Grieving 2020


It’s okay to grieve 2020.

It’s okay to grieve over friends and loved ones lost; for whatever reason.

It’s okay to grieve because things did not turn out the way you planned.

It’s okay to grieve because you’ve had to adjust to a “new normal”.

It’s okay to grieve for the condition of the world—you’re probably an intercessor.

It’s okay to grieve because you’re alive and others perished.

It’s okay to grieve over all the plans you made for 2020 that have seemingly vanished into smoke.

It’s okay to grieve over the graduation you didn’t get to attend, the wedding you had to postpone, the conference that had to be rescheduled, and the milestone birthday party you couldn’t have.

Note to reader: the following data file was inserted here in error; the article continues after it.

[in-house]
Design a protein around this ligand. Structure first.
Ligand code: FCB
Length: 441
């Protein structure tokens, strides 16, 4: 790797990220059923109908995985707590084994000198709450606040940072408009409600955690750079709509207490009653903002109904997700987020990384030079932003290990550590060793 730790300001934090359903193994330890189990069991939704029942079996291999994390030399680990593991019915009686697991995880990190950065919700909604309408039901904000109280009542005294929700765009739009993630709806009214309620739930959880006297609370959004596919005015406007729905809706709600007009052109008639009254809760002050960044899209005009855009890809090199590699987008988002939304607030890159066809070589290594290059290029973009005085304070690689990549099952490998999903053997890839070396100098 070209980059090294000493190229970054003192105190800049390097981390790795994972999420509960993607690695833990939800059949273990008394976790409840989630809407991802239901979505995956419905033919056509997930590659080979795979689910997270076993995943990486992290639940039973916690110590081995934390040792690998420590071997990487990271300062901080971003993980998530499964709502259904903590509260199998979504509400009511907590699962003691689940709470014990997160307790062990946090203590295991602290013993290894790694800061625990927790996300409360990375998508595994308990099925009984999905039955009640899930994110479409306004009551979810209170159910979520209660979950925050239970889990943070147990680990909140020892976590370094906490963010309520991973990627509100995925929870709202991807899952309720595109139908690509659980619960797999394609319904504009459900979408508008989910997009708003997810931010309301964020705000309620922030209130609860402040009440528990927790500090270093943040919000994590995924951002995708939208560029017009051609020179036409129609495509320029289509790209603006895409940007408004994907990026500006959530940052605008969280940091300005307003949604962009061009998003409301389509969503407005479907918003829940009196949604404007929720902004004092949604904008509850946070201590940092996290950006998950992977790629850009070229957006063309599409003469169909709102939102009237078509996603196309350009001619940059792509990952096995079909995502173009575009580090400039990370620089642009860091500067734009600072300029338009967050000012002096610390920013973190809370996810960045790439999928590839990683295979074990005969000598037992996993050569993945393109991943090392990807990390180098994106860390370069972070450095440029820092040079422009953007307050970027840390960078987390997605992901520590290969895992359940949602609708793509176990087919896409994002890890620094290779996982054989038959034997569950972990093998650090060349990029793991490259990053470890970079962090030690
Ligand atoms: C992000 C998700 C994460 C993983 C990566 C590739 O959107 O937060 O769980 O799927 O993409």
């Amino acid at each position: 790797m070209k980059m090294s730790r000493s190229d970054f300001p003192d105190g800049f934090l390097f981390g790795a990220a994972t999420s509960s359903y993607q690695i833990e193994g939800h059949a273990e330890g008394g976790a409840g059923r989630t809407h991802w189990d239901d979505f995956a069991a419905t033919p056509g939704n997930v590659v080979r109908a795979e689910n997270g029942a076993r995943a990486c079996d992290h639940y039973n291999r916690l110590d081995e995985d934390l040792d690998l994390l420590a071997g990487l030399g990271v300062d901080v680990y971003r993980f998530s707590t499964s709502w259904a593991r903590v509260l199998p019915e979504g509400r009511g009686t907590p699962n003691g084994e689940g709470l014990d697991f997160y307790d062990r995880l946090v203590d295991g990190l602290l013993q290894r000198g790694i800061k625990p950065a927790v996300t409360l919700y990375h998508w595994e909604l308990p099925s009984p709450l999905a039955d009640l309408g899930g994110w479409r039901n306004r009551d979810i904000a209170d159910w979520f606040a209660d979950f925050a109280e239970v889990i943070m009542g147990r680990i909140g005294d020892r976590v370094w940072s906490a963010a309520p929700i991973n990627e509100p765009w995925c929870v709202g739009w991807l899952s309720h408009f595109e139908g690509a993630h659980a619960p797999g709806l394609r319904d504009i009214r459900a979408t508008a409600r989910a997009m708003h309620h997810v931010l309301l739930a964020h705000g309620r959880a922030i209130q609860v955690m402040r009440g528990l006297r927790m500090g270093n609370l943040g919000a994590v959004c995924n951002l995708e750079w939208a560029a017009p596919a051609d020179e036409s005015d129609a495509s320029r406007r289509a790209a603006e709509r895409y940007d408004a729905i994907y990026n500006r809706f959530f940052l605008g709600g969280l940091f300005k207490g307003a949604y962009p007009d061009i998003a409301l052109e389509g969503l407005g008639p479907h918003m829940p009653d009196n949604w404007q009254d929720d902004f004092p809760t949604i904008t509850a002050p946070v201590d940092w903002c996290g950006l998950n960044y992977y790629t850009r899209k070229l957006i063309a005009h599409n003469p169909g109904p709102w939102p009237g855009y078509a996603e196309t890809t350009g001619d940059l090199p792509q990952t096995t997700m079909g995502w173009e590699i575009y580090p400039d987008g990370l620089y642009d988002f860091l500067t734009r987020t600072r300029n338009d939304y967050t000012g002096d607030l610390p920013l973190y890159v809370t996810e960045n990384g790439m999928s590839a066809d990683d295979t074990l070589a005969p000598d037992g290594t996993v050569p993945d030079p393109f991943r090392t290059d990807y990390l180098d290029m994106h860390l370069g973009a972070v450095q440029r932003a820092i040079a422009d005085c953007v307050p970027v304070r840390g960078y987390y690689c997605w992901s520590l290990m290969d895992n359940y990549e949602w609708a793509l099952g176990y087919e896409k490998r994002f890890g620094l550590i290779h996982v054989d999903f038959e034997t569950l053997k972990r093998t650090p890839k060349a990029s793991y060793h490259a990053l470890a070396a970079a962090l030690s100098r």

It’s okay to grieve the first part of 2020 AND still have hope for the rest of 2020. Two contradictory feelings can exist in the same person at the same time. It’s called ambivalence. (“Lord, I believe, but help now my unbelief.”)

#Grief is a natural human emotion of deep sorrow that happens when we lose something or someone that we have affection for. It’s more extensive than loss brought on by death. It is often referred to as “the price you pay for love”. The only cure for grief is to grieve according to Dr. Earl Grollman.

It’s okay to grieve. It doesn’t show a lack of faith. It’s okay to FEEL this. It is perfectly healthy. The opposite is to act as if you’re not human and that you have no feelings and nothing affects you. You don’t have to “be strong” for everyone else.

God is not mad at you for grieving.

~Joshua P. Smith